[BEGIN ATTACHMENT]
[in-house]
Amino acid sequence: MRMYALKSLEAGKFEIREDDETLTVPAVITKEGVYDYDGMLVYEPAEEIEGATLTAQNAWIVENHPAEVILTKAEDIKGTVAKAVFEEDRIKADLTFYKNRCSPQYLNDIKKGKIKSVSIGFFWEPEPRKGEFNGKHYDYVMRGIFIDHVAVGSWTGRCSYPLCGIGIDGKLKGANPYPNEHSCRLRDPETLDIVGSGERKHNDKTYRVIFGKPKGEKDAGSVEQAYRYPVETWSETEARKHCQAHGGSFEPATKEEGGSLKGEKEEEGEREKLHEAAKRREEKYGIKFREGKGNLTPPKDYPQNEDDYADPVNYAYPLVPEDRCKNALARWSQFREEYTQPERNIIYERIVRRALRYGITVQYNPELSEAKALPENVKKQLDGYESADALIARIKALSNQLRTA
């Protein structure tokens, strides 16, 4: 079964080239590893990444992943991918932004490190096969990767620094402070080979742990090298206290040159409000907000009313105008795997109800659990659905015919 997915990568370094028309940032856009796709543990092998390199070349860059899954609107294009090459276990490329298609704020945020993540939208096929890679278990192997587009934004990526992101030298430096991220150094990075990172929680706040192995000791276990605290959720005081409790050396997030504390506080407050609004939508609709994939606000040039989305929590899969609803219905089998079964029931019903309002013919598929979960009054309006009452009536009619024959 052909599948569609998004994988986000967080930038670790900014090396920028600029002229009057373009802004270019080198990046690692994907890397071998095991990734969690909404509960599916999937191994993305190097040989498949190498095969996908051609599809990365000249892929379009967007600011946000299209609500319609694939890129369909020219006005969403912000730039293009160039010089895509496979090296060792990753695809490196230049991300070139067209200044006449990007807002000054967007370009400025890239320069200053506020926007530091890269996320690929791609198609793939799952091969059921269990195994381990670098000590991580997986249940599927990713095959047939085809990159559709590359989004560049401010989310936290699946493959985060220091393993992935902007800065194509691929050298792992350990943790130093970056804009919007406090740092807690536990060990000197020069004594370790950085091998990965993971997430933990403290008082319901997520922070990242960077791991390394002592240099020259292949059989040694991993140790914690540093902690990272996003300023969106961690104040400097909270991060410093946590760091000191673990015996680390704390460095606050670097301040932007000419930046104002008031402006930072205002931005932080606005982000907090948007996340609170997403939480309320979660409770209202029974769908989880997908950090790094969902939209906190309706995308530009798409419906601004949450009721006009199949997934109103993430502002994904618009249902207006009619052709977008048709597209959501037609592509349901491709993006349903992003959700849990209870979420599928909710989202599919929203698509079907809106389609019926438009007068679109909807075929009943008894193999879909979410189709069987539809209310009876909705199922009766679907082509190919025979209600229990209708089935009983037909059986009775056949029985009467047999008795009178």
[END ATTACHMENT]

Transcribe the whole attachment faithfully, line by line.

[in-house]
Amino acid sequence: MRMYALKSLEAGKFEIREDDETLTVPAVITKEGVYDYDGMLVYEPAEEIEGATLTAQNAWIVENHPAEVILTKAEDIKGTVAKAVFEEDRIKADLTFYKNRCSPQYLNDIKKGKIKSVSIGFFWEPEPRKGEFNGKHYDYVMRGIFIDHVAVGSWTGRCSYPLCGIGIDGKLKGANPYPNEHSCRLRDPETLDIVGSGERKHNDKTYRVIFGKPKGEKDAGSVEQAYRYPVETWSETEARKHCQAHGGSFEPATKEEGGSLKGEKEEEGEREKLHEAAKRREEKYGIKFREGKGNLTPPKDYPQNEDDYADPVNYAYPLVPEDRCKNALARWSQFREEYTQPERNIIYERIVRRALRYGITVQYNPELSEAKALPENVKKQLDGYESADALIARIKALSNQLRTA
């Protein structure tokens, strides 16, 4: 079964080239590893990444992943991918932004490190096969990767620094402070080979742990090298206290040159409000907000009313105008795997109800659990659905015919 997915990568370094028309940032856009796709543990092998390199070349860059899954609107294009090459276990490329298609704020945020993540939208096929890679278990192997587009934004990526992101030298430096991220150094990075990172929680706040192995000791276990605290959720005081409790050396997030504390506080407050609004939508609709994939606000040039989305929590899969609803219905089998079964029931019903309002013919598929979960009054309006009452009536009619024959 052909599948569609998004994988986000967080930038670790900014090396920028600029002229009057373009802004270019080198990046690692994907890397071998095991990734969690909404509960599916999937191994993305190097040989498949190498095969996908051609599809990365000249892929379009967007600011946000299209609500319609694939890129369909020219006005969403912000730039293009160039010089895509496979090296060792990753695809490196230049991300070139067209200044006449990007807002000054967007370009400025890239320069200053506020926007530091890269996320690929791609198609793939799952091969059921269990195994381990670098000590991580997986249940599927990713095959047939085809990159559709590359989004560049401010989310936290699946493959985060220091393993992935902007800065194509691929050298792992350990943790130093970056804009919007406090740092807690536990060990000197020069004594370790950085091998990965993971997430933990403290008082319901997520922070990242960077791991390394002592240099020259292949059989040694991993140790914690540093902690990272996003300023969106961690104040400097909270991060410093946590760091000191673990015996680390704390460095606050670097301040932007000419930046104002008031402006930072205002931005932080606005982000907090948007996340609170997403939480309320979660409770209202029974769908989880997908950090790094969902939209906190309706995308530009798409419906601004949450009721006009199949997934109103993430502002994904618009249902207006009619052709977008048709597209959501037609592509349901491709993006349903992003959700849990209870979420599928909710989202599919929203698509079907809106389609019926438009007068679109909807075929009943008894193999879909979410189709069987539809209310009876909705199922009766679907082509190919025979209600229990209708089935009983037909059986009775056949029985009467047999008795009178």